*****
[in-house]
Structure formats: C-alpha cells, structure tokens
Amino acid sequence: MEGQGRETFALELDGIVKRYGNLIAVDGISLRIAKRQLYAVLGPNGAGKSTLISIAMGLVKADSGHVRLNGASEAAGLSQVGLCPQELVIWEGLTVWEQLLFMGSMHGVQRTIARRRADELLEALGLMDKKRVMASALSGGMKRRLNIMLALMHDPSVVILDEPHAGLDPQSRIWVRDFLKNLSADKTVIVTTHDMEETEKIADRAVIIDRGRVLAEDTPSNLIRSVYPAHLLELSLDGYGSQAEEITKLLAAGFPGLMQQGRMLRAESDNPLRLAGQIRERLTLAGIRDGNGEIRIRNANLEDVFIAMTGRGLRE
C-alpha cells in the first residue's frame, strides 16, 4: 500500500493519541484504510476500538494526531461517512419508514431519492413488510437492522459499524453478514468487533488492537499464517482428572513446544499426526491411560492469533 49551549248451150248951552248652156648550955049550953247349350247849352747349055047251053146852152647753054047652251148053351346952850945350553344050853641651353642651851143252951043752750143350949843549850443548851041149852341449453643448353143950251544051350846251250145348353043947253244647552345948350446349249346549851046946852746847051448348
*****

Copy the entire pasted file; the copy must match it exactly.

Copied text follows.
[in-house]
Structure formats: C-alpha cells, structure tokens
Amino acid sequence: MEGQGRETFALELDGIVKRYGNLIAVDGISLRIAKRQLYAVLGPNGAGKSTLISIAMGLVKADSGHVRLNGASEAAGLSQVGLCPQELVIWEGLTVWEQLLFMGSMHGVQRTIARRRADELLEALGLMDKKRVMASALSGGMKRRLNIMLALMHDPSVVILDEPHAGLDPQSRIWVRDFLKNLSADKTVIVTTHDMEETEKIADRAVIIDRGRVLAEDTPSNLIRSVYPAHLLELSLDGYGSQAEEITKLLAAGFPGLMQQGRMLRAESDNPLRLAGQIRERLTLAGIRDGNGEIRIRNANLEDVFIAMTGRGLRE
C-alpha cells in the first residue's frame, strides 16, 4: 500500500493519541484504510476500538494526531461517512419508514431519492413488510437492522459499524453478514468487533488492537499464517482428572513446544499426526491411560492469533 49551549248451150248951552248652156648550955049550953247349350247849352747349055047251053146852152647753054047652251148053351346952850945350553344050853641651353642651851143252951043752750143350949843549850443548851041149852341449453643448353143950251544051350846251250145348353043947253244647552345948350446349249346549851046946852746847051448348